In the meantime, if you can’t be sure what’s in a supplement, you may be risking your health even as you’re trying to improve it. The safest thing may be to stick with the tried and true (and tested). Ask your doctor and pharmacist if you have questions. But don’t be surprised if they say little more than “buyer beware.”

Follow me on Twitter @RobShmerling

The post What’s in your supplements? appeared first on Harvard Health Blog.


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A positive mindset can help your heart

Originally Posted Here: https://www.health.harvard.edu/blog/a-positive-mindset-can-help-your-heart-2019021415999

Can being positive protect against heart disease? Yes! There is a lot of evidence suggesting that having a positive outlook — like being optimistic, cheerful, having gratitude and purpose in life — can be heart-protective. Researchers in the UK looked at psychological characteristics of over 8,000 people, and found that those who scored high on optimism and a sense of well-being enjoyed a 30% lower risk of developing heart disease. Other studies report similar findings: in a study of over 70,000 women followed for over 10 years, those who scored highest on an optimism questionnaire had a significantly lower risk of death from heart attacks (38%) and strokes (39%).

A positive outlook may even be benefit people who already have cardiovascular disease, which is significant, because they are at very high risk of having heart attacks and strokes. In the US Health and Retirement study, in participants with known stable heart disease, positive psychological traits were associated with significantly lower risks of having a heart attack, and these traits included optimism (38% lower risk), positive outlook (32%), and having a purpose in life (27%). In three separate studies involving hundreds of patients with severe disease requiring either coronary bypass graft surgery or stenting, a higher level of optimism was significantly associated with a lower risk of post-procedure hospitalizations.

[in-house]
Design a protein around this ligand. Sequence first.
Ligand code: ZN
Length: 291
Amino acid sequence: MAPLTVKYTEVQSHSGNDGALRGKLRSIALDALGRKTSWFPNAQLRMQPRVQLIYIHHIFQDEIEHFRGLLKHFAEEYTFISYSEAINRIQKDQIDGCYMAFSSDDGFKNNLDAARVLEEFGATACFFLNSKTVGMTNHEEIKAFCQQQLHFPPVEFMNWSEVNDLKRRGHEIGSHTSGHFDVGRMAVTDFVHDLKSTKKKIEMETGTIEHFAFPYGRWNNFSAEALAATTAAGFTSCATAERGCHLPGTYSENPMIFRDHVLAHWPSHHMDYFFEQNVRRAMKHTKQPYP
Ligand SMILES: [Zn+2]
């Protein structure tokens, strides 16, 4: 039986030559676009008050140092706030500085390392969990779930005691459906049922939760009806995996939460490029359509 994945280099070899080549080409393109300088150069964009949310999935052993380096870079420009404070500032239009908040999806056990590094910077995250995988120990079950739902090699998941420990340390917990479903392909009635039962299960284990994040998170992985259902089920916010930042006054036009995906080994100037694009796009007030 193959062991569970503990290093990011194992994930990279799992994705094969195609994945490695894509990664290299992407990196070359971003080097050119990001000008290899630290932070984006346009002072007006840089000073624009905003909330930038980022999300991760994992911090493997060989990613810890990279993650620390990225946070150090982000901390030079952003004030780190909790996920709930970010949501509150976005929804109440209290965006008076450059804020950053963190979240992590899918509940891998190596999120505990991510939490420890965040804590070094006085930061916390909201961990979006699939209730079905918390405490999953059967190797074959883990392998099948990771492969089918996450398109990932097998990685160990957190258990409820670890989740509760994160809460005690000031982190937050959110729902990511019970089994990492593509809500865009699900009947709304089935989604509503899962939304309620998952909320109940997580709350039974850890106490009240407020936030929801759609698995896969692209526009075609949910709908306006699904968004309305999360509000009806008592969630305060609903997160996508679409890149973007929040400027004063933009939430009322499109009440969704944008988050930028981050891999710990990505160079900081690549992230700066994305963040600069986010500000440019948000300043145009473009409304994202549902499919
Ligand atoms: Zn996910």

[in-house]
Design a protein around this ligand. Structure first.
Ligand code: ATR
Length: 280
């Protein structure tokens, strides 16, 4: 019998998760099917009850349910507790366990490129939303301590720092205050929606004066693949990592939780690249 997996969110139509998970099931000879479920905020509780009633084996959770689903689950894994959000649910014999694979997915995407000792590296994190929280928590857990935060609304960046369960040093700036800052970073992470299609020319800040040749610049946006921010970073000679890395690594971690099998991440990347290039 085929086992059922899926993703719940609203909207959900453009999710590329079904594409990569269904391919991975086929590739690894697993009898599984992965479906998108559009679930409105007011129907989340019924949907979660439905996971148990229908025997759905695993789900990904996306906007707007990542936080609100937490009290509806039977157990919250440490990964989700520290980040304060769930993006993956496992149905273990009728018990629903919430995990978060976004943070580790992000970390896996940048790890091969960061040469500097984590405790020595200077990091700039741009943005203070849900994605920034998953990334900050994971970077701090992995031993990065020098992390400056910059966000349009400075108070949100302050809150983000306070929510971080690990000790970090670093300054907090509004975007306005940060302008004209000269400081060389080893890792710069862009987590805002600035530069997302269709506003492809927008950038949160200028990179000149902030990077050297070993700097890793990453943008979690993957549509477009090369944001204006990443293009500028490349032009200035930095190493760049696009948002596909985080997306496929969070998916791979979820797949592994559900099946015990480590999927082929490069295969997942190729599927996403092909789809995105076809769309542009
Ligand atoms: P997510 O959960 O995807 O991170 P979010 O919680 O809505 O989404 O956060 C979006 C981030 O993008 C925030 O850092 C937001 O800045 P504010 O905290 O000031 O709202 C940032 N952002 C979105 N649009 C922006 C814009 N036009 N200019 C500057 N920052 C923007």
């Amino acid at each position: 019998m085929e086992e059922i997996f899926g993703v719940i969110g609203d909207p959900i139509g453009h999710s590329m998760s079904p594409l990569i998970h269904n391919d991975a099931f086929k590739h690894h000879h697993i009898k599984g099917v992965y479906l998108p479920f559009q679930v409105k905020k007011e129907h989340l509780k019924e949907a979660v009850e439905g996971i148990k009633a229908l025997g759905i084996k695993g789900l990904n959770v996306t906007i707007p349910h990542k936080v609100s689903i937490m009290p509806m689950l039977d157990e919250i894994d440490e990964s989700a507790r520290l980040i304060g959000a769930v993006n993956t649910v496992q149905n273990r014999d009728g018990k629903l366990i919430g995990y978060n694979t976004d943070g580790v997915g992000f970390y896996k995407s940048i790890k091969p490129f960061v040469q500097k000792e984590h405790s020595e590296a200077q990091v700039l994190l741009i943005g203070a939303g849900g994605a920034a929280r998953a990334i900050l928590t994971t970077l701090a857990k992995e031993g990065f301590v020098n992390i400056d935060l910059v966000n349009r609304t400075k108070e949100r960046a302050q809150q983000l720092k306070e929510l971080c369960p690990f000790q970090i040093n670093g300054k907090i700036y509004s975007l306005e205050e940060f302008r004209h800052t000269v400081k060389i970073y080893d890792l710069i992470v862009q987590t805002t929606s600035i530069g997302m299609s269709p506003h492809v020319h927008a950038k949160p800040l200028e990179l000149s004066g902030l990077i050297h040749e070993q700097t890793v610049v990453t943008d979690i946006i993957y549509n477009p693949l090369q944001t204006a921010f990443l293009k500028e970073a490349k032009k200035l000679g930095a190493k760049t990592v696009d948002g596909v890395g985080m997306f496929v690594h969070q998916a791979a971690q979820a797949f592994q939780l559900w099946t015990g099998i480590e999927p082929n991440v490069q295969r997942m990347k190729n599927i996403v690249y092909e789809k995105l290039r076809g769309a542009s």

How does thinking positively affect your heart?

Many studies show that people prone to negative emotions have a higher risk of heart disease. Negative emotions are associated with the release of stress hormones and a physical stress response, resulting in a higher heart rate and blood pressure. Scientists hypothesize that positive people who have a “glass half-full” approach to life are less likely to experience this stress response. Basically, those who tend to look for the bright side of negative situations can avoid the damage that stress inflicts on the cardiovascular system. Another hypothesis is that people with a positive outlook are more likely to use healthy coping strategies like problem-solving to overcome obstacles and manage stressors, whereas people with a negative outlook tend toward unhealthy coping strategies like self-medicating with food and other substances.

Keeping a gratitude journal can help

Researchers have also studied gratitude in patients with heart failure. Those who kept a daily gratitude journal, where they listed three or four things for which they were thankful every day for two months, had lower levels of inflammatory hormones and a lower heart rate during a stressful exercise. This suggests that the simple daily habit of expressing gratitude can have big long-term health effects.

 Are you an optimistic person?

Some people are naturally more inclined to have a positive outlook and look for the silver lining, while others tend to view things in a more negative light. But optimism is as much as skill as a personality trait. You can train your brain to recognize and counteract negative thinking—your heart and health will be better for it.

References

A prospective study of positive psychological well-being and coronary heart disease. Health Psychology, May 2011.

Optimism and Cause-Specific Mortality: A Prospective Cohort Study. American Journal of Epidemiology, January 2017.

Positive Psychological Well-Being and Cardiovascular Disease. Journal of the American College of Cardiology, September 2018.

Purpose in life and reduced risk of myocardial infarction among older U.S. adults with coronary heart disease: A two-year follow-up. Journal of Behavioral Medicine, April 2013.

The Protective Role of Positive Well-Being in Cardiovascular Disease: Review of Current Evidence, Mechanisms, and Clinical Implications. Current Cardiology Reports, November 2016.